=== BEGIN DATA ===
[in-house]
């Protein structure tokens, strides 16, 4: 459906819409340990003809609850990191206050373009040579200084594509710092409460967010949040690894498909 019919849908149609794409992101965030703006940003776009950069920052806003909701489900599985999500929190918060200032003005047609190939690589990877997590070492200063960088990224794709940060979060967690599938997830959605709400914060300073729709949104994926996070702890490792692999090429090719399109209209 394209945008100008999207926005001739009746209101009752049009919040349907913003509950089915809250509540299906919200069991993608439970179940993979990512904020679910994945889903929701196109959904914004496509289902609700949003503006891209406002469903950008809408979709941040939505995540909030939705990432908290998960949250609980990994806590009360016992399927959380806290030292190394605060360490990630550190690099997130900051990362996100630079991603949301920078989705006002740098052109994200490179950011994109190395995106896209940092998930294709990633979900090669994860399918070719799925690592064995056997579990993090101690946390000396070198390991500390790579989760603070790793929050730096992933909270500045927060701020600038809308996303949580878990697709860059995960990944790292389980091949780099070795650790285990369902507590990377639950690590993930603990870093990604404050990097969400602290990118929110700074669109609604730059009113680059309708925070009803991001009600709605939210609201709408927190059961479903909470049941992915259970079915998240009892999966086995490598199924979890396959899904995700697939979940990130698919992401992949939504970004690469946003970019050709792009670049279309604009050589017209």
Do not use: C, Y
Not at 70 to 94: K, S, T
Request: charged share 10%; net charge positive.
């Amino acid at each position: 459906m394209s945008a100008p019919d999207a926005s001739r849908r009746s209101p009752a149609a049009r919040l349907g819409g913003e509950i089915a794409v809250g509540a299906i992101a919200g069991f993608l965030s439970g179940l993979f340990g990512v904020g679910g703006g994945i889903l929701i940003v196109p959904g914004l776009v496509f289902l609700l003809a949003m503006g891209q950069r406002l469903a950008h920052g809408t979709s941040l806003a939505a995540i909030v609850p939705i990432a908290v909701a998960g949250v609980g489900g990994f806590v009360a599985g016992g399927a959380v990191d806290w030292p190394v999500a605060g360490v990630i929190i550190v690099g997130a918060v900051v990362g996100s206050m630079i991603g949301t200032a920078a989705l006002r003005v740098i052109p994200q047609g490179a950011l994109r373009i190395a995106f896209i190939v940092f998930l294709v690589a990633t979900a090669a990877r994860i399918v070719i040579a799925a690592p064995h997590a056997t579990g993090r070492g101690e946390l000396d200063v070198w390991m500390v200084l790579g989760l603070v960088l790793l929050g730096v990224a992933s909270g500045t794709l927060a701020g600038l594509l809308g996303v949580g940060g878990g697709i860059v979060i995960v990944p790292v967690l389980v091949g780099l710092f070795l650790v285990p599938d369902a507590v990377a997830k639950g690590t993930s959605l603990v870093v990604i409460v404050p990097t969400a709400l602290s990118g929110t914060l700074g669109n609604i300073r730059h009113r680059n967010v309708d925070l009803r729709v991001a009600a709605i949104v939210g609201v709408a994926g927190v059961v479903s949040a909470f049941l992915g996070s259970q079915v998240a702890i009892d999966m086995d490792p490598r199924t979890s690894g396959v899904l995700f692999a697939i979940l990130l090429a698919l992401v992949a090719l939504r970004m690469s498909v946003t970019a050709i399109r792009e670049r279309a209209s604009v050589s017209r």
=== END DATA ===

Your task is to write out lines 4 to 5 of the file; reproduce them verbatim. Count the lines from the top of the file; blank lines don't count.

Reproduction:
Not at 70 to 94: K, S, T
Request: charged share 10%; net charge positive.